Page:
“But it does suggest that areas west or east of the 1934 Nepal ground rupture are now at greater risk of a major earthquake, since there are little or no records of when last earth shattering temblor happened in those two areas.”

As the Himalayan Club points out the region between Kathmandu in Nepal and Dehradun in India has been relatively quiet for over 200 years and has a fault which is ominous:

Large earthquakes are thought to follow a ‘seismic cycle’ as it takes time to accumulate tectonic stress in an area and then release it during a large earthquake. When an earthquake of magnitude over 7 (on the Richter scale) hits some area in the Himalaya, it takes decades for a similar earthquake to hit the same area. Conversely, if no large earthquake has occurred in an area for a long time, the possibility of a Big One should be taken seriously. The Indian seismologist K. Khattri and Roger Bilham of the University of Colorado have identified one such ‘seismic gap’ in the central parts of the Himalaya (between Kathmandu in Nepal and Dehra Dun in India) which has not experienced a large earthquake over the past two hundred years.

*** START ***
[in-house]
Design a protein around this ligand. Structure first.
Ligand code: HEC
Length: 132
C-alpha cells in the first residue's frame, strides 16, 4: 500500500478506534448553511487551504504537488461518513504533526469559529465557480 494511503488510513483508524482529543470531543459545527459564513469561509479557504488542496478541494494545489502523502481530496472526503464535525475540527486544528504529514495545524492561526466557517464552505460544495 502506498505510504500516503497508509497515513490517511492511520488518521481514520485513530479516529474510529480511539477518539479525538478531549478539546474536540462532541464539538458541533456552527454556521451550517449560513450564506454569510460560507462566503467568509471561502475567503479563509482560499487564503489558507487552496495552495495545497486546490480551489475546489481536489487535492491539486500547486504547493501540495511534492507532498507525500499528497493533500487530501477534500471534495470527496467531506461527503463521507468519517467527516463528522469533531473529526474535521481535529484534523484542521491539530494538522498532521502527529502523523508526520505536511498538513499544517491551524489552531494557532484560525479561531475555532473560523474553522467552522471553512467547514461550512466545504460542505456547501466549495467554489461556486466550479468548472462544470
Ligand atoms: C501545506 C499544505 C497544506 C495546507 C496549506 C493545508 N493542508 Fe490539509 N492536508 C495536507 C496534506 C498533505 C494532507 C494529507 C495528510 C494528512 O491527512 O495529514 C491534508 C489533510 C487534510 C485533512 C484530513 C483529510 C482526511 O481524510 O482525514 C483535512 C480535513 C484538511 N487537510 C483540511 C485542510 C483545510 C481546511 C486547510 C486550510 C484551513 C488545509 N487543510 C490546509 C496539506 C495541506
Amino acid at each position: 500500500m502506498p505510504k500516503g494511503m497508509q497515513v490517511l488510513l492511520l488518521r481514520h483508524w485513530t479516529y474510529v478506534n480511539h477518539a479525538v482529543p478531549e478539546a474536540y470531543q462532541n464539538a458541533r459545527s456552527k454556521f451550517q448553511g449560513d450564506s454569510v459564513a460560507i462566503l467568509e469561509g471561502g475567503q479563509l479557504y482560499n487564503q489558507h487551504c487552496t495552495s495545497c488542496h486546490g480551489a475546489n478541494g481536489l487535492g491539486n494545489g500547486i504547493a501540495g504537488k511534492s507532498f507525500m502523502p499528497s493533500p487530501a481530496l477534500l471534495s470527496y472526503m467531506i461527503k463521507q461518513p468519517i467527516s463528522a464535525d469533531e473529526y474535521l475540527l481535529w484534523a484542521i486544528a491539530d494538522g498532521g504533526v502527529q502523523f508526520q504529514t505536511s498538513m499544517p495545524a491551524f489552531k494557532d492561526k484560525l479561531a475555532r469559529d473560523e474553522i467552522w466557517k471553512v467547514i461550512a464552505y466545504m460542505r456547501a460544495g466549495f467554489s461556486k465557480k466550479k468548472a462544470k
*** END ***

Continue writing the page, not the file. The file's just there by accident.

Bilham’s studies show that the Indian tectonic plate is moving along a major fault beneath the Himalaya at about 1.8 centimetres a year. (This is about one-third of the total plate movement of India toward Asia – 5.4 centimetres a year. The remaining rate of plate motion is responsible for tectonic deformation and uplift in Tibet and other parts of central Asia). This plate motion is sufficient to generate huge fault movements and catastrophic earthquakes; however, the absence of a Big One in the central parts of the Himalaya in historical times indicates that huge amount of tectonic stress accumulated in this area is waiting to be released.